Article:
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After Ceasefire, South Sudanese Wait To See If Peace Will Hold

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"After Ceasefire, South Sudanese Wait To See If Peace Will Hold"

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South Sudan

CREDIT: AP Photo/Mackenzie Knowles-Coursin

For the hundreds of thousands of South Sudanese who fled amid the last month’s fighting, Thursday’s ceasefire signing between the government and the rebels may not be the green-light needed to return to their homes just yet.

More than a month after the fighting first broke out, the government of South Sudanese president Silva Kiir and the rebels under the command of former vice president Riek Machar both signed onto a cessation of hostilities after weeks of negotiations in Ethiopia. The U.S. quickly welcomed the agreement as a “critical first step toward building a lasting peace in South Sudan.” For the more than half a million civilians who escaped the clashes, it comes as a ray of hope — but not necessarily enough to return to their homes just yet.

Of the 575,000 internally displaced people (IDPs) now within South Sudan, an estimated 12 percent are currently seeking refuge on the U.N. Mission in South Sudan (UNMISS) bases. When ThinkProgress reached out about the plan for those displaced now that the agreement has been signed, U.N. High Commission for Refugees spokesperson Fatoumata Lejeune-Kaba said the body was taking a “wait-and-see approach” for the time being.

Despite the official cease-fire, there are no plans in place to expel the displaced from the bases anytime soon, Lejeune-Kaba said, nor is there an official U.N. plan to relocate them as most of their homes are relatively near the base where they took shelter. “For now it’s about looking at what people want to do,” she continued. “If they feel safe enough to return to their homes, they will. If not, I’ll afraid they’ll be displaced for awhile.”

“It’s too soon [to tell], in other words,” Lejeune-Kaba concluded. That assessment matches what Oxfam Country Director Jose Barahona recently told Inter Press Service. “We don’t expect that the ceasefire means there’s no more shooting the following day,” Barahona said. “There are a lot of people with guns out there. All sorts of different groups armed. I think we cannot be naïve.”

That caution may prove to be wise, given the fragility already being seen in the cease-fire, which went into effect on Friday. Already rebels are claiming that the government is violating the agreement’s terms, according to the Associated Press. “Brig. Gen. Lul Ruai Koang, a spokesman for the opposition, said Friday that government forces were attacking rebel positions in oil-rich Unity state and in Jonglei state,” the AP writes. “Koang called the attacks a ‘clear violation’ of the peace deal signed in Ethiopia on Thursday. He said rebel forces would defend themselves against attacks.” Meanwhile, the government has said that they are unaware of violence beyond fighting that occurred on Thursday before the cease-fire started, but any new clashes were “because rebels have attacked” government soldiers.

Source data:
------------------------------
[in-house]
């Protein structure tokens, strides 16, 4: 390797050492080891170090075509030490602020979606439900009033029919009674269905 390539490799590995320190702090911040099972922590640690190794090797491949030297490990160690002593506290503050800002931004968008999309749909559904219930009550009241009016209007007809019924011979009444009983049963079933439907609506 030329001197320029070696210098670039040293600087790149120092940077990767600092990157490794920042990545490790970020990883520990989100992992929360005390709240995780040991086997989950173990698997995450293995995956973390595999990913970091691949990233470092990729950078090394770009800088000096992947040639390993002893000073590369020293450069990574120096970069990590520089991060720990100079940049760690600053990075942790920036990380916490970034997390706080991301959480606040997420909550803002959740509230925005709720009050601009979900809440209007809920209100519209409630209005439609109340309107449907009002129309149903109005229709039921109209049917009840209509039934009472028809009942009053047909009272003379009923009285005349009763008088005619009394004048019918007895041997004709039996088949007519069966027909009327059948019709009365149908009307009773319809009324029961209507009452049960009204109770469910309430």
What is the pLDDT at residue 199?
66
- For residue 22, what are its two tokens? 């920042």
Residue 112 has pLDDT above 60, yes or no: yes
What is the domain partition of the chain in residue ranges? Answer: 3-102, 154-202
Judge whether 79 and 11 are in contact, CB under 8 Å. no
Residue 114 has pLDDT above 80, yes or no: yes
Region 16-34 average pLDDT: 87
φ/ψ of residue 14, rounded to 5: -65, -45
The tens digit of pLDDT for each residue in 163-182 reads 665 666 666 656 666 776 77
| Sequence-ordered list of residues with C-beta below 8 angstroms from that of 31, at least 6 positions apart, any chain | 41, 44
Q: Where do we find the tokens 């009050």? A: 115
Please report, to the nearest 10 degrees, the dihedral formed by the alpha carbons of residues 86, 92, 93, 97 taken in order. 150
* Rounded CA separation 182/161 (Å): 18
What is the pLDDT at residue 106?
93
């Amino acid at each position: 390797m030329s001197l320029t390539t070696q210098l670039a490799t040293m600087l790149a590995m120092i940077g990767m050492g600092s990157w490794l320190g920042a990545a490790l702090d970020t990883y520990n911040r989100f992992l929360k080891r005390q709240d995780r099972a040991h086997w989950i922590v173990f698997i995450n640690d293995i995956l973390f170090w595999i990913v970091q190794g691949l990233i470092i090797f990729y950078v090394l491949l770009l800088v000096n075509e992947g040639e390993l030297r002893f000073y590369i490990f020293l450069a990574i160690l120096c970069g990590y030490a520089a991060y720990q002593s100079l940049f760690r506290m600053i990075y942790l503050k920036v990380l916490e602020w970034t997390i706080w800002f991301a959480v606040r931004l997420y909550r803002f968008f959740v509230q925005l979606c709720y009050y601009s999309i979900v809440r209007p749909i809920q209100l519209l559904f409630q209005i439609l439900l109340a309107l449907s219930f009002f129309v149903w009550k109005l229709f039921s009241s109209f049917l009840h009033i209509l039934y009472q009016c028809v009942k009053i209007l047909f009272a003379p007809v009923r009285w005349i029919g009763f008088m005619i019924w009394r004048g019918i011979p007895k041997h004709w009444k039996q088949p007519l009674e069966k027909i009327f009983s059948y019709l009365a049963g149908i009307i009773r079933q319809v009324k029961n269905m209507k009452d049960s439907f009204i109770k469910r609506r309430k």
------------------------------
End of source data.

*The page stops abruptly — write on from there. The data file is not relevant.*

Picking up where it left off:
For those that may be remaining on U.N. bases for the foreseeable future, the recent rapprochement between New York and South Sudan may come as another small bit of relief. Kiir lashed out at the mission earlier this week, accusing it of acting as a “parallel government” within his country. “They fell short of naming the chief of the Unmiss as a co-president of the Republic of South Sudan,” Kiir said at the time. “If that is the position of [U.N. Secretary General] Ban Ki-moon, he should make it clear that he wants the UN to take over South Sudan.” South Sudan’s Ambassador to the U.N. Francis Deng attempted to smooth over those comments on Thursday, calling the U.N. “primarily a source of support for South Sudan” and urging “constructive and productive dialogue” with Turtle Bay to avoid “mistakes and misunderstandings.” At a press conference on Friday, Kiir went further, praising UNMISS and “ordering relevant ministers to make sure UN staff are protected,” according to journalist Andrew Green.

Unfortunately, however, the situation for those who are not lucky enough to be in official camps or on UNMISS bases far outnumber those who are. Almost three quarters of those who have fled the fighting both remain in South Sudan, rather than crossing the border into neighboring countries, and outside of the shelter of camps. So far, the United Nations’ humanitarian efforts have only managed to reach approximately 250,000 of the IDPs within South Sudan.

And once the fighting does finally completely wind down, the situation that the displaced find when they finally do return home will be one that requires careful navigation. Ethnic tensions were stoked high during the weeks of fighting, as the leaders of two sides came from different ethnic groups — Kiir is a member of the Dinka, while Machar is Nuer. While community leaders insisted that the groups be divided while in U.N. camps, it will not be so easy when returning to villages where the two had previously lived side-by-side. And while within the cease-fire’s terms is a condition for both sides to “assist displaced persons and refugees who with to return to their original areas of abode,” what happens once they get there is left for the future.

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